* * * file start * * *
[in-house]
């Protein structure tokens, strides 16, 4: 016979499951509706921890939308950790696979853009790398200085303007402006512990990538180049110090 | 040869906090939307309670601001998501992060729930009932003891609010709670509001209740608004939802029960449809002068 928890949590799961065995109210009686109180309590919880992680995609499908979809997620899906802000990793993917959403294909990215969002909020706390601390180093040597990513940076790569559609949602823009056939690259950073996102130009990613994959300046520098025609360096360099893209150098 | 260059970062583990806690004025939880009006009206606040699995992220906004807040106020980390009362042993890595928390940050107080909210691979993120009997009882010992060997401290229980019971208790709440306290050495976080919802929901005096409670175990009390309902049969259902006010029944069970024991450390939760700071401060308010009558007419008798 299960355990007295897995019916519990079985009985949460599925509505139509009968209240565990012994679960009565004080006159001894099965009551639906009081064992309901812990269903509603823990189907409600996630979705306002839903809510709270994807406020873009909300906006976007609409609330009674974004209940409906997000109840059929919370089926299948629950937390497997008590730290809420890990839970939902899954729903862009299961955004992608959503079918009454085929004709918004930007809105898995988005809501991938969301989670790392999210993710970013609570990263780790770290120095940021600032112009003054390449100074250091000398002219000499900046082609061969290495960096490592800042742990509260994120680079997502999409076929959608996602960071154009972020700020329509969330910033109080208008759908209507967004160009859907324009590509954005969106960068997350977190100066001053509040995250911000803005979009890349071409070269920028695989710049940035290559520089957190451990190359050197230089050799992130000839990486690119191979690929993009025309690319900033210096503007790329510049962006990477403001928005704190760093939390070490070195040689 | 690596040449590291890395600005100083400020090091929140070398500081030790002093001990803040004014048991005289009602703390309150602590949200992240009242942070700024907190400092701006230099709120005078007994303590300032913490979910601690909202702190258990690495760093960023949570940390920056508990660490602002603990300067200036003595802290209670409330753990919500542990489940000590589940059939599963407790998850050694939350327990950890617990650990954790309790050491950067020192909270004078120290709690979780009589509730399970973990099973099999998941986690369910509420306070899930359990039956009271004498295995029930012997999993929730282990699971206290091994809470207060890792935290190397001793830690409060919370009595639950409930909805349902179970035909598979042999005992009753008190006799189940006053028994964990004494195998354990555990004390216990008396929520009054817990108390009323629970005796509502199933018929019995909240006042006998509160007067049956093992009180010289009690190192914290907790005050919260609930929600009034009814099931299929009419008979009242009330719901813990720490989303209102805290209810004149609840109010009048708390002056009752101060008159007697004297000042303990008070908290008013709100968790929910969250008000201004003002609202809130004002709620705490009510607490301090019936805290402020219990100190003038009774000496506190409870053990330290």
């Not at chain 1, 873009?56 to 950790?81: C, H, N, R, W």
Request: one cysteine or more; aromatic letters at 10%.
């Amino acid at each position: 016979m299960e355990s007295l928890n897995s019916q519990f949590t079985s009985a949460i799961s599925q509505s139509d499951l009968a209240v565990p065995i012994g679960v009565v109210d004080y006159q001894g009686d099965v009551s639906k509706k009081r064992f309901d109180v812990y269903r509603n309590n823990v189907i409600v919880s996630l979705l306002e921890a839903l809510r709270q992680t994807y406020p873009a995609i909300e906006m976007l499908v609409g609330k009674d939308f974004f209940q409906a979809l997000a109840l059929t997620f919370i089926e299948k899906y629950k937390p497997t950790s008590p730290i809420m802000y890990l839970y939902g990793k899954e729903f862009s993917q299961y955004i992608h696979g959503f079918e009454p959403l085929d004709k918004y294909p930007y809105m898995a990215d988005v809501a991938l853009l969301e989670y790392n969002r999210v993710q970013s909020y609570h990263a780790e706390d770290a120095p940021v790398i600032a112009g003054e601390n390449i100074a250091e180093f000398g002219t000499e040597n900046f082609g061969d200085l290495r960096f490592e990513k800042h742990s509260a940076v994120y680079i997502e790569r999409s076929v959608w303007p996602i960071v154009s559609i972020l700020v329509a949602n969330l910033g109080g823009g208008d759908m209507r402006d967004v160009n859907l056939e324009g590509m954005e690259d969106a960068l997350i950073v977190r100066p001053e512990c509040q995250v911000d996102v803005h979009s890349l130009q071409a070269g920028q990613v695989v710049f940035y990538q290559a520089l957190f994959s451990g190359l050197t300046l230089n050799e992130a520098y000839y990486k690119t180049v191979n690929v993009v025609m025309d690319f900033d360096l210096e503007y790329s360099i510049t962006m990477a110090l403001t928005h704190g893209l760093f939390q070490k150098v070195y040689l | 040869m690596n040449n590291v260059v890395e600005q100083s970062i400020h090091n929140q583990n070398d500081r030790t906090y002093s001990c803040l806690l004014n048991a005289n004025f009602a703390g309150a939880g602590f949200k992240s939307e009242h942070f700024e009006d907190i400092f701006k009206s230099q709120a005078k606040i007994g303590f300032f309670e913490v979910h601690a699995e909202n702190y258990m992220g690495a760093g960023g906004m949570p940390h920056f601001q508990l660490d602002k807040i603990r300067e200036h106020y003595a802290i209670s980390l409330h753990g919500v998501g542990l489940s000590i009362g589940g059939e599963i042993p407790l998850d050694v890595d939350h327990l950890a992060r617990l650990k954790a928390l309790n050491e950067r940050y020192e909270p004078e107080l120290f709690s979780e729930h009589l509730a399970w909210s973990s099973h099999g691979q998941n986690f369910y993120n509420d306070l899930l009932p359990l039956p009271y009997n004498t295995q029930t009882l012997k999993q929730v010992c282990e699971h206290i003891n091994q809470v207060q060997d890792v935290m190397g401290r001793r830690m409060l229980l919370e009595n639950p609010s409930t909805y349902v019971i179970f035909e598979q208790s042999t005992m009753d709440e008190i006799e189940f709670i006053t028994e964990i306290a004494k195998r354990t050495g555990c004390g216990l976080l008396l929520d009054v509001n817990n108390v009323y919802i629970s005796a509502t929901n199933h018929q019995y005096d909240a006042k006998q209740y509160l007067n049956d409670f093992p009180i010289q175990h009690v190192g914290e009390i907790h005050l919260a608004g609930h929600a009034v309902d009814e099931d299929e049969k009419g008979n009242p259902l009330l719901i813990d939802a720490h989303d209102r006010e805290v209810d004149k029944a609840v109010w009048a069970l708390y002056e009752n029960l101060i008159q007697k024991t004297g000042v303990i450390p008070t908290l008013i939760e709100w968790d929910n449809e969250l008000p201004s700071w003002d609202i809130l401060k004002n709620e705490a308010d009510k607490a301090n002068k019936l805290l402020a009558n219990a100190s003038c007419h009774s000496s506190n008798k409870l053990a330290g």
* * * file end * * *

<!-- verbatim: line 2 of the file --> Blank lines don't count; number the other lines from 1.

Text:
């Protein structure tokens, strides 16, 4: 016979499951509706921890939308950790696979853009790398200085303007402006512990990538180049110090 | 040869906090939307309670601001998501992060729930009932003891609010709670509001209740608004939802029960449809002068 928890949590799961065995109210009686109180309590919880992680995609499908979809997620899906802000990793993917959403294909990215969002909020706390601390180093040597990513940076790569559609949602823009056939690259950073996102130009990613994959300046520098025609360096360099893209150098 | 260059970062583990806690004025939880009006009206606040699995992220906004807040106020980390009362042993890595928390940050107080909210691979993120009997009882010992060997401290229980019971208790709440306290050495976080919802929901005096409670175990009390309902049969259902006010029944069970024991450390939760700071401060308010009558007419008798 299960355990007295897995019916519990079985009985949460599925509505139509009968209240565990012994679960009565004080006159001894099965009551639906009081064992309901812990269903509603823990189907409600996630979705306002839903809510709270994807406020873009909300906006976007609409609330009674974004209940409906997000109840059929919370089926299948629950937390497997008590730290809420890990839970939902899954729903862009299961955004992608959503079918009454085929004709918004930007809105898995988005809501991938969301989670790392999210993710970013609570990263780790770290120095940021600032112009003054390449100074250091000398002219000499900046082609061969290495960096490592800042742990509260994120680079997502999409076929959608996602960071154009972020700020329509969330910033109080208008759908209507967004160009859907324009590509954005969106960068997350977190100066001053509040995250911000803005979009890349071409070269920028695989710049940035290559520089957190451990190359050197230089050799992130000839990486690119191979690929993009025309690319900033210096503007790329510049962006990477403001928005704190760093939390070490070195040689 | 690596040449590291890395600005100083400020090091929140070398500081030790002093001990803040004014048991005289009602703390309150602590949200992240009242942070700024907190400092701006230099709120005078007994303590300032913490979910601690909202702190258990690495760093960023949570940390920056508990660490602002603990300067200036003595802290209670409330753990919500542990489940000590589940059939599963407790998850050694939350327990950890617990650990954790309790050491950067020192909270004078120290709690979780009589509730399970973990099973099999998941986690369910509420306070899930359990039956009271004498295995029930012997999993929730282990699971206290091994809470207060890792935290190397001793830690409060919370009595639950409930909805349902179970035909598979042999005992009753008190006799189940006053028994964990004494195998354990555990004390216990008396929520009054817990108390009323629970005796509502199933018929019995909240006042006998509160007067049956093992009180010289009690190192914290907790005050919260609930929600009034009814099931299929009419008979009242009330719901813990720490989303209102805290209810004149609840109010009048708390002056009752101060008159007697004297000042303990008070908290008013709100968790929910969250008000201004003002609202809130004002709620705490009510607490301090019936805290402020219990100190003038009774000496506190409870053990330290």